Student Bloggers: It’s All Good

Susan Evans is the director of creative services for the senior strategic communication team at the College of William & Mary.

About three years ago, I was looking for bloggers. We were on the verge of a comprehensive relaunch of the William & Mary website and front and center on the new home page (well, actually, in the bottom-right corner) would be student headshots with links to their blogs about William & Mary. At the time, placing student bloggers on a university home page was unique; in fact, I don’t think there were any other universities that so prominently featured their bloggers.

I wouldn’t say that student blogs were controversial on my campus back in 2008, but there were a handful of administrators who were a bit nervous about the prospect. I wasn’t one of them. I knew in my bones that if we let our students speak for us, we’d win.

The W&M Blogs site is, hands down, a successful component of our web strategy. All 44 of our bloggers are presented in a WordPress instance that is skinned to complement the wm.edu web presence. All of our bloggers are volunteers; most are students but we also have authors who are faculty members or administrators. We know anecdotally and from web analytics that W&M blogs are popular and heavily visited. The readership goes beyond prospective students and is steady throughout the calendar year; readers also include parents, alumni, and the on-campus community.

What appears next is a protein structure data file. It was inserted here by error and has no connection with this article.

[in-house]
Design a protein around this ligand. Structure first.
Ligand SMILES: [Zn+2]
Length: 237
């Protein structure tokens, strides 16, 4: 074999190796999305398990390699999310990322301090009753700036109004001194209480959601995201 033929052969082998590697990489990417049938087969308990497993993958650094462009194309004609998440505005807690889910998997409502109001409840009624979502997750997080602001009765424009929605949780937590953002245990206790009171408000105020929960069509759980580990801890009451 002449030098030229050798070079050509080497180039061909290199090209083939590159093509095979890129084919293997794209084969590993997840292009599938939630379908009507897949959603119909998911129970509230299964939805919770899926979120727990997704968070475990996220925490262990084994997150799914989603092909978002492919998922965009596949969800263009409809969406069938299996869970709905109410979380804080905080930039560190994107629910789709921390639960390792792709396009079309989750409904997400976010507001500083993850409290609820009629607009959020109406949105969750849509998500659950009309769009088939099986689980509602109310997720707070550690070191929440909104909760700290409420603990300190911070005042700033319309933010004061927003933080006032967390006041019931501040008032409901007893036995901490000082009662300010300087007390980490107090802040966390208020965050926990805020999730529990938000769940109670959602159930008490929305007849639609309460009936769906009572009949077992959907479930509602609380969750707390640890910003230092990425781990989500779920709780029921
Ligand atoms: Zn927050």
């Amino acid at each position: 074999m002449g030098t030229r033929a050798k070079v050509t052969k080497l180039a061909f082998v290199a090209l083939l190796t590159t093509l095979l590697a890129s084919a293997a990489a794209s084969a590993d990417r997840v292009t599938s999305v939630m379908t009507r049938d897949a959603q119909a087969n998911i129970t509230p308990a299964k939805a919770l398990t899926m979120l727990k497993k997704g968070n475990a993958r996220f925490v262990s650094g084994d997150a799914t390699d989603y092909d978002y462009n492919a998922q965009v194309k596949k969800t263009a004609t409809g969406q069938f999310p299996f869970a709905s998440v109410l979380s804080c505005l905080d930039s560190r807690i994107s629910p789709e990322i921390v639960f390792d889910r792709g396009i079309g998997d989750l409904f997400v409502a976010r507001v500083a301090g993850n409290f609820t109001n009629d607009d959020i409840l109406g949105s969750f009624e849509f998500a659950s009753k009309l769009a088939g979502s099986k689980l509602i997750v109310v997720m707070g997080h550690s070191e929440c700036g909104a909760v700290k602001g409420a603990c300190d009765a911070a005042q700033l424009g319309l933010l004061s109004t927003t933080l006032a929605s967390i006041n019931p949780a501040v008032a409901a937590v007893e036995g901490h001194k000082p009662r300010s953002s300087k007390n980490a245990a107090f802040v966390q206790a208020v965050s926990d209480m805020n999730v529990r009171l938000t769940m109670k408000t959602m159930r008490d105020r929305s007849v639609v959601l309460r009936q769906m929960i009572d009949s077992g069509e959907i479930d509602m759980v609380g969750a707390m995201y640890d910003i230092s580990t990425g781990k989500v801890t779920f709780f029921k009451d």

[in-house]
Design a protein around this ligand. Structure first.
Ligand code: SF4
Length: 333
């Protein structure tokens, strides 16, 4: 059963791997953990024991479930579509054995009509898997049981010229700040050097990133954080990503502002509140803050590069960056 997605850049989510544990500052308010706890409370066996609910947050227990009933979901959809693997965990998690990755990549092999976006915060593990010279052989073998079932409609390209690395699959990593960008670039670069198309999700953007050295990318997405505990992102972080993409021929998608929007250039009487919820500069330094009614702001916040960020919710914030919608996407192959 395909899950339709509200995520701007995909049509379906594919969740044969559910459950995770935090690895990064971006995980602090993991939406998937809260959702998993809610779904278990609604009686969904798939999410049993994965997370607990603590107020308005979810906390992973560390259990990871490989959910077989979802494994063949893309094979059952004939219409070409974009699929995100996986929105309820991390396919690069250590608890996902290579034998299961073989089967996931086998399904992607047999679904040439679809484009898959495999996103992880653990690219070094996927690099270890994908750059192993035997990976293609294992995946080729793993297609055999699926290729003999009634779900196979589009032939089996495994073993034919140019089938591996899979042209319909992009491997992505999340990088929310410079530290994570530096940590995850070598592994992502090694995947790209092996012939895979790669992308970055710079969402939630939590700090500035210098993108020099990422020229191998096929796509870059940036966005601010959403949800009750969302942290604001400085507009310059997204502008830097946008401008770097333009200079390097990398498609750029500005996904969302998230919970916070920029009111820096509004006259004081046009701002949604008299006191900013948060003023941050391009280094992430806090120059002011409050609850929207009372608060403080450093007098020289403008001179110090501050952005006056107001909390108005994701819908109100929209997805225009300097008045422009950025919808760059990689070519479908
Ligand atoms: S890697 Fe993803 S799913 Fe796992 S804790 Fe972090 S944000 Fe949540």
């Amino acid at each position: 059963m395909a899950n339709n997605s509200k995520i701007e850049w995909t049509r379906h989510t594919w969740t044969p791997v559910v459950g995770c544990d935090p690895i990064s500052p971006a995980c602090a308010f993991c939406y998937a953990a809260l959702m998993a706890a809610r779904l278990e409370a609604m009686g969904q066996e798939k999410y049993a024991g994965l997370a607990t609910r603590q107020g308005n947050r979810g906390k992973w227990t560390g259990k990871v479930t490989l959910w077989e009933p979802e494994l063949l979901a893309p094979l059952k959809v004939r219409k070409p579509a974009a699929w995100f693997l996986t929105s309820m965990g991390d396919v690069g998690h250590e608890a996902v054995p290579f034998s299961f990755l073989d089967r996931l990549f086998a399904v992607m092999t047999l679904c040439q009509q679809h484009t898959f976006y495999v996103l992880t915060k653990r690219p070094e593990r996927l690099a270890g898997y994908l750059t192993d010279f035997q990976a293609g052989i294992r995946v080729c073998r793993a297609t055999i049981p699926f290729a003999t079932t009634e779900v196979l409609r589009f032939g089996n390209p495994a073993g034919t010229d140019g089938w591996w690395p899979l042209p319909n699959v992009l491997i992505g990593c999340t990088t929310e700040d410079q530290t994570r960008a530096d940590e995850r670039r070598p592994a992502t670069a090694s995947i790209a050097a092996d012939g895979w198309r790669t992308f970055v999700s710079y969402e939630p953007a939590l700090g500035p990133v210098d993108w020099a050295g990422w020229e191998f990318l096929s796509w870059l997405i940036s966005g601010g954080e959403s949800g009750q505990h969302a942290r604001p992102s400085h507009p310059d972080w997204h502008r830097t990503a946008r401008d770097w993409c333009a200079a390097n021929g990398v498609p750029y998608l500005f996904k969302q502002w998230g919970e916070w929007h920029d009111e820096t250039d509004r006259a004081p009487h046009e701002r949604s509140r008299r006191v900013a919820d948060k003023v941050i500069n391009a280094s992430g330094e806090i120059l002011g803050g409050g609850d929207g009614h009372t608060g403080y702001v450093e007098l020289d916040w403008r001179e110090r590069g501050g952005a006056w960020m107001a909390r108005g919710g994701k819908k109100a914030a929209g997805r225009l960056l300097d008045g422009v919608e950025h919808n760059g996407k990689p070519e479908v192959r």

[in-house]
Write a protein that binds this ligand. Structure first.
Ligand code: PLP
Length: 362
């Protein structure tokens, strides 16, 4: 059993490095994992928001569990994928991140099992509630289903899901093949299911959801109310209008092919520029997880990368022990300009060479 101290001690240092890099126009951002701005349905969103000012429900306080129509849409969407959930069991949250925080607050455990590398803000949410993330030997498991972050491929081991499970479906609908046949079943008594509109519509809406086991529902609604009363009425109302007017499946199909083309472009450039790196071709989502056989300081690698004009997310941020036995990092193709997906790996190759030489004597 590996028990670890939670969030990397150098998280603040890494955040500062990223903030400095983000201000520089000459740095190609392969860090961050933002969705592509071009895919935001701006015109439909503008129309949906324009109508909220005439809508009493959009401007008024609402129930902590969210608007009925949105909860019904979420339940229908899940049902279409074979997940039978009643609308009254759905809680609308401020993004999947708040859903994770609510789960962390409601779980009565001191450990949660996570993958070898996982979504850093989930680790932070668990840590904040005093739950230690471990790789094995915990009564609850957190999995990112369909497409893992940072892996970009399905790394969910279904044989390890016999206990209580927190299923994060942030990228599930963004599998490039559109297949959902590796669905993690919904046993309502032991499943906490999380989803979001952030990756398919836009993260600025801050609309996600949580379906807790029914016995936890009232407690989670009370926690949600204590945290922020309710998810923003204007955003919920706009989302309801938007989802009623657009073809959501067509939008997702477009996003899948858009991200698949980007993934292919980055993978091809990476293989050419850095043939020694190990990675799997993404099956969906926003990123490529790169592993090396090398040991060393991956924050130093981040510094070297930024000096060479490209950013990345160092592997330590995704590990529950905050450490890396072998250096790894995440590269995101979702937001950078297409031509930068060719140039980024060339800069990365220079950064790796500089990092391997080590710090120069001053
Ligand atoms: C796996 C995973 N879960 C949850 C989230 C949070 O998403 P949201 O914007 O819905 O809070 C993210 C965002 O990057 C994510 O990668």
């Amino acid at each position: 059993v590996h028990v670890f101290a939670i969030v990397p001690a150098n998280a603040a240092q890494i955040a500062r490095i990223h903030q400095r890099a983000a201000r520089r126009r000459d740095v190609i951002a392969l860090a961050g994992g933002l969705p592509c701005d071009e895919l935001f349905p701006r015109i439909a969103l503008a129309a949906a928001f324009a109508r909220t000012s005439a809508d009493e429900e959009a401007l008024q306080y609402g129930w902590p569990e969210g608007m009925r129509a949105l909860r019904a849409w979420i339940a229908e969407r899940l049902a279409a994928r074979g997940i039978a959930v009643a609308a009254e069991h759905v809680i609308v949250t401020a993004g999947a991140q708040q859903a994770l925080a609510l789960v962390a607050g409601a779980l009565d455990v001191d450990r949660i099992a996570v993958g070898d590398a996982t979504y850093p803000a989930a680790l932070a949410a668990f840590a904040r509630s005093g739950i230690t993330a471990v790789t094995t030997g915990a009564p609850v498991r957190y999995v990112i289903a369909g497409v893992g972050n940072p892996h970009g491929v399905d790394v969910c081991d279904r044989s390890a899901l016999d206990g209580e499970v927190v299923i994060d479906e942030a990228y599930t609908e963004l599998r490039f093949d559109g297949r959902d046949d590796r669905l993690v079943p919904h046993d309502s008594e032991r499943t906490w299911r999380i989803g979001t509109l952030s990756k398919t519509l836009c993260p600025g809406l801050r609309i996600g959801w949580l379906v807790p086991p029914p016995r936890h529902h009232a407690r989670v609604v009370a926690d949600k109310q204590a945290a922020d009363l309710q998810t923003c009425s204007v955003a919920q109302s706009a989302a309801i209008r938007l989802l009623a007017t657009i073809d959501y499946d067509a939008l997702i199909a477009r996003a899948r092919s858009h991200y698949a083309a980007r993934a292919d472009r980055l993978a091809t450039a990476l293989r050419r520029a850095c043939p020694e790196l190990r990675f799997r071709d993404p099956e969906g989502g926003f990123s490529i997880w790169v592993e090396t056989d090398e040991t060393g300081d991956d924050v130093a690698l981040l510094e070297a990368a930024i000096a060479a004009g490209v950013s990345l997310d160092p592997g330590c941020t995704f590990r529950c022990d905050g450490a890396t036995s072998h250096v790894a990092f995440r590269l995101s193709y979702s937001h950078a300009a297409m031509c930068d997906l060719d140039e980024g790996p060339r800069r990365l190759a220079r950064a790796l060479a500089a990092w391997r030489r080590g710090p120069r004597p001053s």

So, how do we find them?
Mostly, they find us. To date, we have not had to do any active recruitment for student bloggers. Instead, we are fortunate that students contact us, volunteering to blog for William & Mary. We enjoy a critical partnership with the undergraduate admission office. Most of the 2008 student bloggers were summer interns in the admission office and Dean of Admission Henry Broaddus offered to make posting to a blog a specific part of the intern job description. That was gold.

Now, when a student contacts us, volunteering to blog, we ask them to write two or three posts and send them our way for review. After that, they receive a two-page guide with ideas, suggestions and parameters about representing the university through a blog.

And, do we edit them?
No. But we do moderate their posts. Before any blog post is published, it is reviewed by the managing editor of our website. With nearly three years of W&M blogs under our belt, we have rejected just one post and only in a very few instances have we recommended the elimination of a word or the adjustment of a phrase. Comments on our blogs are not moderated but we do monitor them. We have never removed a comment.

And, how do student bloggers fit into the William & Mary communication plan?
W&M blogs are central to our university communication plan because the posts offer evidence for what we claim. What our students write on their blogs is dead-on. I’ve often said that if we’d given them a script, they wouldn’t have written it any better. As I read through their posts, I am delighted to find them filled with stories and details that bring to life what we promise in our marketing copy.

The bottom line? Student voices are authentic. Stop there.

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